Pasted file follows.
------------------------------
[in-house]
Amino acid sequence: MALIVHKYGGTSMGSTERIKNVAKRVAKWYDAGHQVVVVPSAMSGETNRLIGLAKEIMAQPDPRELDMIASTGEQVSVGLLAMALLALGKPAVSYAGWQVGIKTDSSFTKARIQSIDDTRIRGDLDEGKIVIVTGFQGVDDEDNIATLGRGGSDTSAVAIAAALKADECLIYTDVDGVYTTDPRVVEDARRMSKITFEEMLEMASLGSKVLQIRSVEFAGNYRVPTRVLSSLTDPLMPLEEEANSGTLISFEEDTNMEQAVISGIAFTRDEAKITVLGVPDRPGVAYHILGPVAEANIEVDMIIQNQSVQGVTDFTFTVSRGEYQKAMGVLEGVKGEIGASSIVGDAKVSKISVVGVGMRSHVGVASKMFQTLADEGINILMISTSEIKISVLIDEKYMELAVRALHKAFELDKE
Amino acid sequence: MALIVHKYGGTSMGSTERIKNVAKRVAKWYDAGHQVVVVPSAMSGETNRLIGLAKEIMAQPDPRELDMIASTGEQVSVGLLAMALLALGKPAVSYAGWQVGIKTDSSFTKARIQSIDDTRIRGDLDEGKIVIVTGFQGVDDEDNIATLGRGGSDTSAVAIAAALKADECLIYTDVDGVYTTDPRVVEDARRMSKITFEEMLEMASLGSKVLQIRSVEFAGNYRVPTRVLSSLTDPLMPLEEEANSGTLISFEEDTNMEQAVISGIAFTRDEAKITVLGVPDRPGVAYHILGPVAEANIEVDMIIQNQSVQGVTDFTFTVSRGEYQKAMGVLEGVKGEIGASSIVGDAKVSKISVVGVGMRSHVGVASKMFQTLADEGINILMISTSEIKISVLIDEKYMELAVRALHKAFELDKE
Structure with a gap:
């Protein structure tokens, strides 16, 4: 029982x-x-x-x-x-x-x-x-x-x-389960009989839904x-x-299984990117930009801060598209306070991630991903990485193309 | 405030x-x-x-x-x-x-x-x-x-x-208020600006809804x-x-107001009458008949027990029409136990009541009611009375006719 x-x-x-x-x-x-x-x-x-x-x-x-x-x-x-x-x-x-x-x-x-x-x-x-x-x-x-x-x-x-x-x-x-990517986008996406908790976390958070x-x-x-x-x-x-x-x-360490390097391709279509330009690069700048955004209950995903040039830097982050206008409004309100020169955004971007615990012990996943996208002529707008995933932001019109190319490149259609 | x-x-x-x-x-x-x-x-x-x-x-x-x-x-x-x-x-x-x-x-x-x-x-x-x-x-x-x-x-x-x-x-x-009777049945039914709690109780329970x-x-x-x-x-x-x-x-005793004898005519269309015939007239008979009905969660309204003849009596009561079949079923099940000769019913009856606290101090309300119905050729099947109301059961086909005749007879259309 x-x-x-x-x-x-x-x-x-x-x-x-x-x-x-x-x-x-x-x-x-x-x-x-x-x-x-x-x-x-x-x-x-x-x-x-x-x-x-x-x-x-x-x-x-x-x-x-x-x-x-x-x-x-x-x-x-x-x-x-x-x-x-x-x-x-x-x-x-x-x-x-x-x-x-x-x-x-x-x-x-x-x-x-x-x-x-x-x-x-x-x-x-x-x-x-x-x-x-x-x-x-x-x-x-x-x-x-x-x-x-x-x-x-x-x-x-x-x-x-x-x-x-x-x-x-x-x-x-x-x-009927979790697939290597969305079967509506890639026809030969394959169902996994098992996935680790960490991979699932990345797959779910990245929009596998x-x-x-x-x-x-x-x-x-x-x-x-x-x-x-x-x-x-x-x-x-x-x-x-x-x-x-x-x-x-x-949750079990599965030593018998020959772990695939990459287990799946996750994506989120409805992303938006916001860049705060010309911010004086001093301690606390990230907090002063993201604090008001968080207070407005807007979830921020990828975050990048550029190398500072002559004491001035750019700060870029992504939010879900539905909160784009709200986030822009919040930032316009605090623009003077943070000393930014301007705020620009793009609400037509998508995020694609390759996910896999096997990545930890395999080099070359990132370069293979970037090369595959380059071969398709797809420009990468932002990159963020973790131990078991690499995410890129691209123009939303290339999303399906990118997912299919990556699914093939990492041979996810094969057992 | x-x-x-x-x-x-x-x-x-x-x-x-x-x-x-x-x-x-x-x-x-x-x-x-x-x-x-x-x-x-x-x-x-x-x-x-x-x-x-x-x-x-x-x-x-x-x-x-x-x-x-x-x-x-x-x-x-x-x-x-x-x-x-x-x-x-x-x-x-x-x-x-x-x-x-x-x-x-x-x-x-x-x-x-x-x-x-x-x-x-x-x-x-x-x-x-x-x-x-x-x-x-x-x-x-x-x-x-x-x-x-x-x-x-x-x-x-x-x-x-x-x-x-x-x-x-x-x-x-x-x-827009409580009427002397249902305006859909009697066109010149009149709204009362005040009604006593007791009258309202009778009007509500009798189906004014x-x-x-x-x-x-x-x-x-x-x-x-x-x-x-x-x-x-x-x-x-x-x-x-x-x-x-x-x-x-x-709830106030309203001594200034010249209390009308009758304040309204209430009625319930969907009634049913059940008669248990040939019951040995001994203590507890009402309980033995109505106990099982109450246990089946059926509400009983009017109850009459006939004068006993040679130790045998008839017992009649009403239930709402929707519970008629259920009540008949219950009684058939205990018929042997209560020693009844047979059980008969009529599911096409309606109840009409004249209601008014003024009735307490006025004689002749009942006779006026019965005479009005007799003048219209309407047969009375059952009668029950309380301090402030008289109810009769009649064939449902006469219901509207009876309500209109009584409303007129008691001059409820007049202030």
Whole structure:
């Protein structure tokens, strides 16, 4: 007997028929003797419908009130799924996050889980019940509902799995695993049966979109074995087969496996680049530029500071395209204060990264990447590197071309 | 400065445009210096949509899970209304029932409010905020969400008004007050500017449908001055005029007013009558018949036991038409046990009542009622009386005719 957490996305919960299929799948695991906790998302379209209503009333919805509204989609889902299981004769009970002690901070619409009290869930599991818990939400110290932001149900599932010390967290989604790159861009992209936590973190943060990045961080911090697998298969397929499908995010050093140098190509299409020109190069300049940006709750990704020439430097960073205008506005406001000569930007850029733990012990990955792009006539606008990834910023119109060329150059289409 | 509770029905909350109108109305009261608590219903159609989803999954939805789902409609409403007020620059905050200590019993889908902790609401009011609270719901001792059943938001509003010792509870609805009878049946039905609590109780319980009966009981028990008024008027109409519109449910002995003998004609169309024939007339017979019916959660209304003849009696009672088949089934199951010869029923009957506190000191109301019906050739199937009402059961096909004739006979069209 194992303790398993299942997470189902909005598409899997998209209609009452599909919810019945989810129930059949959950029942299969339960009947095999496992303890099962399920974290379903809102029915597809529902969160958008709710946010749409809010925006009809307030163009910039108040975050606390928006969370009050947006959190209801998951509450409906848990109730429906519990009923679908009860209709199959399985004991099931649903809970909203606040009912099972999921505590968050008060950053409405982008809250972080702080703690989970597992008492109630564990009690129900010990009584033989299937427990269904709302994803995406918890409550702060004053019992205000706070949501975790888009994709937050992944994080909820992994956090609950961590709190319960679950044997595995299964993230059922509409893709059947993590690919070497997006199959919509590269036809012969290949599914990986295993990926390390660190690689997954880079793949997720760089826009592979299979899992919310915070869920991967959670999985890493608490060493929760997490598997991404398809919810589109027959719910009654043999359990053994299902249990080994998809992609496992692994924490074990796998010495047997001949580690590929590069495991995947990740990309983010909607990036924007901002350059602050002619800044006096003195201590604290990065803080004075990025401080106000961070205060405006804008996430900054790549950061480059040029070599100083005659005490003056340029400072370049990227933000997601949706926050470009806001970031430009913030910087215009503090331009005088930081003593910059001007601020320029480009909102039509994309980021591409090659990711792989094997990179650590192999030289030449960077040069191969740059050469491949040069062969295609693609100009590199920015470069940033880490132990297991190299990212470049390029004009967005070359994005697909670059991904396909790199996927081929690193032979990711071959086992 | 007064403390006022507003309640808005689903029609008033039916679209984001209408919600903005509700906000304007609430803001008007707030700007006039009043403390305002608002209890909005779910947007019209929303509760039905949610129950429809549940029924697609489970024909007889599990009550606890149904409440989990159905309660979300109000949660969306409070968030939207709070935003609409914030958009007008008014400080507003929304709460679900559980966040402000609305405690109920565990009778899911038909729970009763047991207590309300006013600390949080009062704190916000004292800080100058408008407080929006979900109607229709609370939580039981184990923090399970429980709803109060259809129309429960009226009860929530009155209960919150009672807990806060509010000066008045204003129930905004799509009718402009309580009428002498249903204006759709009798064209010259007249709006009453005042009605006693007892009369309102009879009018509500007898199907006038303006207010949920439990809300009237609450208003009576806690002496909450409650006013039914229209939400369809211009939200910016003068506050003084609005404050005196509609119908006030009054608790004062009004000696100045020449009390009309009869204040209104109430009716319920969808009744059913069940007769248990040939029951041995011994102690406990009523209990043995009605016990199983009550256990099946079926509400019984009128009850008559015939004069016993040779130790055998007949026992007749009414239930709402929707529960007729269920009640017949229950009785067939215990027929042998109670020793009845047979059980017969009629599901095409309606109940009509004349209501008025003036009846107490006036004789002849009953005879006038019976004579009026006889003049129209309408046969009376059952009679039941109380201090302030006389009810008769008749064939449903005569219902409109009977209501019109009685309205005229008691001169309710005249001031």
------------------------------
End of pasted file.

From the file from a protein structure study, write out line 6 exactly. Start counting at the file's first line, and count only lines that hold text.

Whole structure: